As I said many times - I applaud R&D;and lower numbers...as long as it translates to the field and to ease of use at the same time. Also, it should not add to the cost of the products too much, or the service costs.
  20. Corie

    Corie Minister of Fire

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    Just for the record, pellet stoves are often times no cleaner than wood stoves. I've seen pellets stoves do 4-6 grams/hour of particulate matter just like a wood stove.
  21. BrotherBart

    BrotherBart Hearth.com LLC Mid-Atlantic Division Staff Member

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    Can't say on the the Pet Rocks or Fake Cell Phones, but...
  22. elkimmeg

    elkimmeg Guest

    A non argumentative post to add to the discussion. The top ten list was comprised in 2004. A couple of factors not mentioned, is existing stove lines are re-certified every 5 years.
    At the time of re-certification, most manufactures may submit models, that have been tweaked further and reduce the prior test results. Also a new technology has been licensed by other manufactures similar to the everburn technology These stoves too test out to being less than 1 gram. Harman Oakwood .85 Lopi leyden again under 2 grams
    The Isle Royal would make the honorable mention list at 2 grams. As mentioned Wash state has reduced acceptable GPH by 40 % Correct me if I wrong but, 4.65 for non cat stoves and
    2.6 for cat stoves..

    It is quite hard for manufactures to ignore GPH numbers ,when their livelihood is governed by them. Legislation is passed recognizing them and a Phd at major testing Labs write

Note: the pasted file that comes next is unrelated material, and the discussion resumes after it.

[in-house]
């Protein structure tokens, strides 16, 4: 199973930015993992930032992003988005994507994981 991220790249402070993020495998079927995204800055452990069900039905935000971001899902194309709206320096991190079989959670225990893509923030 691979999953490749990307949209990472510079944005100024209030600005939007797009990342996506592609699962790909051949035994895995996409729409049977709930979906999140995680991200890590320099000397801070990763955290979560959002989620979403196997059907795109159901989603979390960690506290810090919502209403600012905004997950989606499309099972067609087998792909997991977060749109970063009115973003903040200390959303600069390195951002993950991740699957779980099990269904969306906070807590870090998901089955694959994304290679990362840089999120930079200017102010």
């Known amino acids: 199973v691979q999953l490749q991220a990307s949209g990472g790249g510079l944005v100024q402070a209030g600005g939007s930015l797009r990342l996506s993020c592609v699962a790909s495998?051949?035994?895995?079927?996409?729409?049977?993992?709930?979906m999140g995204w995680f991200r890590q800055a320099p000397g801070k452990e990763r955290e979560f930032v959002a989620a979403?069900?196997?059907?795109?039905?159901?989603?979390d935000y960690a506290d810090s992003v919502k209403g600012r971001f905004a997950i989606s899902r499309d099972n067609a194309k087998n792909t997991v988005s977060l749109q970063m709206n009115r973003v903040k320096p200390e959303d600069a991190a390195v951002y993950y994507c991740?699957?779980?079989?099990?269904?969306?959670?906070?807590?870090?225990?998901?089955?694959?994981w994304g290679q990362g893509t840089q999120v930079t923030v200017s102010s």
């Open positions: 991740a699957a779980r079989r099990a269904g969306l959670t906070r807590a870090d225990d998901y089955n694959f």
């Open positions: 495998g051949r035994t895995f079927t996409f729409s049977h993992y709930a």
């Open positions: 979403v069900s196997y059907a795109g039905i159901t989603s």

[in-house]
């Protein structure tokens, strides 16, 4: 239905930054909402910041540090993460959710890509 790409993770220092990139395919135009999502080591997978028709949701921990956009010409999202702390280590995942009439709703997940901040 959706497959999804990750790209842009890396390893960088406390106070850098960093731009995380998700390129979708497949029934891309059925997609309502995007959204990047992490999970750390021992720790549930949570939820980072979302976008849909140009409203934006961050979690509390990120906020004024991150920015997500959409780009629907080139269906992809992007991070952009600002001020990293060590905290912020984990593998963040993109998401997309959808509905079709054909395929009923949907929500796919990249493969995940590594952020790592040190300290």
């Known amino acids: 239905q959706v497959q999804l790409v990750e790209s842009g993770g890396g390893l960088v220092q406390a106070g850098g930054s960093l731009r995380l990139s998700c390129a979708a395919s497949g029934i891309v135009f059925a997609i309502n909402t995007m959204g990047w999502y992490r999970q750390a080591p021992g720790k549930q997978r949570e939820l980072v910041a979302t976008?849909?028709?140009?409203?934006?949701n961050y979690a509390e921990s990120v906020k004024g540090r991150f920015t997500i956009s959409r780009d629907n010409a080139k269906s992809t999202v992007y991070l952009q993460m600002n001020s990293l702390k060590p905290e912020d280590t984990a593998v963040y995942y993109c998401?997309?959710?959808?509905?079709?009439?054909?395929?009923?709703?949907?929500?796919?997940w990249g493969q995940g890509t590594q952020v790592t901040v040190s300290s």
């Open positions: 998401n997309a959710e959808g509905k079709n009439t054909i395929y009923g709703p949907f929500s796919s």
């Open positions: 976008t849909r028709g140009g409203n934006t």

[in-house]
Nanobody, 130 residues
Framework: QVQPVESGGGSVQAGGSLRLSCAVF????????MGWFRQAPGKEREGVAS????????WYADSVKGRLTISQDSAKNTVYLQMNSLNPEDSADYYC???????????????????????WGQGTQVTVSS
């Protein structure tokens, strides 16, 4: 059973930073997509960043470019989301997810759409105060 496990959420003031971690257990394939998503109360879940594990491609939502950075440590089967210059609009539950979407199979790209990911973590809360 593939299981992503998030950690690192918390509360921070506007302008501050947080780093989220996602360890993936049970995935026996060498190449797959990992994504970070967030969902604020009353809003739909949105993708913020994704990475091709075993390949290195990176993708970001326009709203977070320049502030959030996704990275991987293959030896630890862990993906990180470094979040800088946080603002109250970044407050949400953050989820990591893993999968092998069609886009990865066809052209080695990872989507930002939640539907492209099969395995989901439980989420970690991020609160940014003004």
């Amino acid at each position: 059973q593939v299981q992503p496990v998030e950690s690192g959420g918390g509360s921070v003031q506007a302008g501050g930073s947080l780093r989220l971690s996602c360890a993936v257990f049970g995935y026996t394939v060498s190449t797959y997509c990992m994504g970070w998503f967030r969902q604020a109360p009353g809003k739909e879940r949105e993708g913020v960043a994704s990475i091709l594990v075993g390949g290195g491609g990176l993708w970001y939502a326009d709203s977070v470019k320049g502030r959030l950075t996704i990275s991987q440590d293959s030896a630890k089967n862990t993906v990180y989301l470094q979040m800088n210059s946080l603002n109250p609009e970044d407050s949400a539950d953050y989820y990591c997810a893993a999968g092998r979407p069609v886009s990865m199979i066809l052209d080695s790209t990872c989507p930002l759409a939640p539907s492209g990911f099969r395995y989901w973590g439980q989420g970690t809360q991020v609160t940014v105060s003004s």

articles pointing out them. Whether some like it or not ,the numbers are used to set legislation and used for comparisons.
  23. Mike Wilson

    Mike Wilson New Member

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    The most wasted day of all is that on which we have not laughed. -- Sebastian Chamfort

    We aim to please...

    -- Mike
  24. webbie

    webbie Seasoned Moderator Staff Member

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    Do I hear others taking credit for my "nuclear pellets" - a term I invented about 15+ years ago?

    When Pellet stoves first hit the streets, we had local outfits (not stove stores) selling them. The first ads said a ton of pellets were equal to 1 1/2 cords of wood (we were in OAK territory) - then the ads got bolder and bolder - one ton equaled TWO cords. So 2000 lbs of pellets were equal to 7,000 lbs of Oak. The ads got even bolder "many of our customer burn only one ton a year" and so on. For the record, they sold only Jamestown stoves.

    Hence, I came up with the "nuclear pellets' moniker in an attempt to explain how these things could generate so much more heat than the wood they were made from. Finally, a Perpetual Motion Machine.

    Did you know that the Patent Office refuses to take claims to Perpetual Motion machines? (some trivia there)....
  25. webbie

    webbie Seasoned Moderator Staff Member

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    OK, Griz - please see enclosed chart, take the cert numbers and the real world numbers and tell me if they are related in the way you say. If they are not, then let us know if you stand by your statement above, or if it was just a guess.

    A quick scan shows absolutely no relationship!

    Example: PE - certified at 3.x, runs at 4.x
    Earth stove certified at 3.x, runs at 15.x
    VC Encore cert at 1.x, runs at 20.x
    Haughs cert at 4.x, runs at 2.x

    So I guess if we want to say that numbers could be off by a factor of 20X or more, we might be getting closer to reality.

    Please show or argue SOME factual basis for thinking that cleaner in lab = cleaner in field.

    Attached Files: